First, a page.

While some circles’ demagogy of ‘political prisoners’ makes us puke ever more, on the anarchist side, it sometimes seems to incline towards the contrary. Every prisoner that rebels is put on a pedestal and gets the etiquette with ‘social rebel’. This is a logical consequence of the detrimental mentality of not leaving from an own, autonomous perspective, but attempting to obstinately discover ‘subjects’ everywhere. We try to develop a struggle of our own, even with few, with a clear basis and practice. We no longer want to fool ourselves by putting etiquettes no matter where. Moreover, this image that is given of certain prisoners impeaches any real discussion, so any development of a shared perspective. Prisoners are made to something that is put above us and to the inside we send a complete falsified image of the outside movement’s determination and strength. In this way, we’re not only deceiving imprisoned comrades, but first of all ourselves. The result is bitterness and aversion, inside and outside.
Finally, we also think that we should do everything to avoid that the struggle against prison and solidarity with imprisoned comrades is detached from other struggles. We have to look for possibilities and occasions to insert the question of prison in other struggles and vice versa. Concretely, it has always seemed absurd to not combine the struggle against prison with for example the struggle against detention centres for illegalised people. It puts us in a dead end to, for example, only talk to prisoners about prison, we should also bring up other aspects of dominion, we should talk about everything that includes our anarchist perspective. Even though this can sometimes lead to ruptures (what we wish to do with money is for example not likely to appeal to many thieves). In this sense, we are very aware of the limits of a publication like La Cavale and we take it as a challenge to surmount those limits. On the other hand, La Cavale has always been a – moderate – instrument in our activity around the ongoing agitation in Belgian prisons, because we have never considered counter-information and analyses as an ending point but only as a first step, a start.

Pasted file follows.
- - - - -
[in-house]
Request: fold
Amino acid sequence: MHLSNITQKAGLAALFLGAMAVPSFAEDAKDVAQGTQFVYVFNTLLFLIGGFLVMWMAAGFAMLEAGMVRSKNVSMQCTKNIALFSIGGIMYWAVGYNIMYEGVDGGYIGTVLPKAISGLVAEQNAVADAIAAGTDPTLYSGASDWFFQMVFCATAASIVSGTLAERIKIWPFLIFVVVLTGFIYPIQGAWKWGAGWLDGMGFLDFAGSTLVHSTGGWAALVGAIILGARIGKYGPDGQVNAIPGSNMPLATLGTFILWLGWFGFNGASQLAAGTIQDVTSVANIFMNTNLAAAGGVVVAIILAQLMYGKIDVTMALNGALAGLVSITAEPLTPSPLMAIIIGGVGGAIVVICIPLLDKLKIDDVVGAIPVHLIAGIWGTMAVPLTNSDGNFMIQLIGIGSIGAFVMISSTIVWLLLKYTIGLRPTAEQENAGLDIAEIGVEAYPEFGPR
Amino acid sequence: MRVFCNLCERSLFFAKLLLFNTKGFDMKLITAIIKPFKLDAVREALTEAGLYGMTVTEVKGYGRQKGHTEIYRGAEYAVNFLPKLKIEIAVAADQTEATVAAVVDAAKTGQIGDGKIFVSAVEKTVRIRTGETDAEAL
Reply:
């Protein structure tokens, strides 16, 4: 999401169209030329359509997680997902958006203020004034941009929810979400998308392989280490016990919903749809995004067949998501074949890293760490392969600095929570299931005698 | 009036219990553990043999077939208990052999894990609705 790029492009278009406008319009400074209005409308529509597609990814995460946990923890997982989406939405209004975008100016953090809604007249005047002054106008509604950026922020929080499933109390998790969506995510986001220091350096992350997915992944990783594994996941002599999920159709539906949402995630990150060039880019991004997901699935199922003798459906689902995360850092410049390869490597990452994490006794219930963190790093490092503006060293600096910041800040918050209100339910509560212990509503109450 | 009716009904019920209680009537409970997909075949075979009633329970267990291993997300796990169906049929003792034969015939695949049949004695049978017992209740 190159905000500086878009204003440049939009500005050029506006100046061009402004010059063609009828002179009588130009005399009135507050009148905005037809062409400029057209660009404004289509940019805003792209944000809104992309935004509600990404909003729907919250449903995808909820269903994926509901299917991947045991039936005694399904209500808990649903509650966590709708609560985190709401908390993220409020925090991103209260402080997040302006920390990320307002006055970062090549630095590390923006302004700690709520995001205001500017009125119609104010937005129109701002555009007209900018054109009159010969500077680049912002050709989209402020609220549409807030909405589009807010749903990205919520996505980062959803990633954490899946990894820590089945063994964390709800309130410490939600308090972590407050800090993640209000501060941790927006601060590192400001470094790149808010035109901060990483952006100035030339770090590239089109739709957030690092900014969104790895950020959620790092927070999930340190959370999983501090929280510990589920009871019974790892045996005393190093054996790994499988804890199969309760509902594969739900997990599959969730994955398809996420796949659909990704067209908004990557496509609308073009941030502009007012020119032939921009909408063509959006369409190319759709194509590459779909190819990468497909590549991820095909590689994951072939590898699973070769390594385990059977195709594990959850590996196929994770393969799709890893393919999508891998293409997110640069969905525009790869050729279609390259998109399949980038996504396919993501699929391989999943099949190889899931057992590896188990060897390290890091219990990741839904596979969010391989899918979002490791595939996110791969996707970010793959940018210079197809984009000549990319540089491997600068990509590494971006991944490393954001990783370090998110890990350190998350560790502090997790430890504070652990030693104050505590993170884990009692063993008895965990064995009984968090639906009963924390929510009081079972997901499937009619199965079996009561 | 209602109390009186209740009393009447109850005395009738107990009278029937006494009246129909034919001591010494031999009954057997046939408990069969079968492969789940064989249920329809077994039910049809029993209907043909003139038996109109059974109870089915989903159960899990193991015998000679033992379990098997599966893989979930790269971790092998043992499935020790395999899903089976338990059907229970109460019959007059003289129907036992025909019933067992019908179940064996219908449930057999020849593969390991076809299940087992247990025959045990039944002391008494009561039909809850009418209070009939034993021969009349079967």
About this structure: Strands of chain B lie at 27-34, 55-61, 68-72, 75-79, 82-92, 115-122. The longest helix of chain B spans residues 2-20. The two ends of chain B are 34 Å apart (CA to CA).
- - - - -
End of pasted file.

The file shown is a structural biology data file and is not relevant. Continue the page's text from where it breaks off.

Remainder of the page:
We want to continue in the direction that always seemed the most fertile: basing our relations on shared perspectives in relation to the struggle against prison, on real affinity, and not on an image that keeps eroding itself irrevocably. That’s why we’ve decided to stop using the logo Anarchist Black Cross. We see this not as a step backwards or a step back but as a step forward to further deepen and sharpen our project, a project that is directed towards prison and its world and that connects with the agitation in Belgian prisons and the every day struggle of imprisoned comrades.
Ex-“Anarchist Black Cross Antwerp”
Contact for further correspondence and discussion:
Boîte postale 187
Rue du progrès 80
This entry was posted on Friday, June 19th, 2009 at 3:53 pm and is filed under Prison Struggle.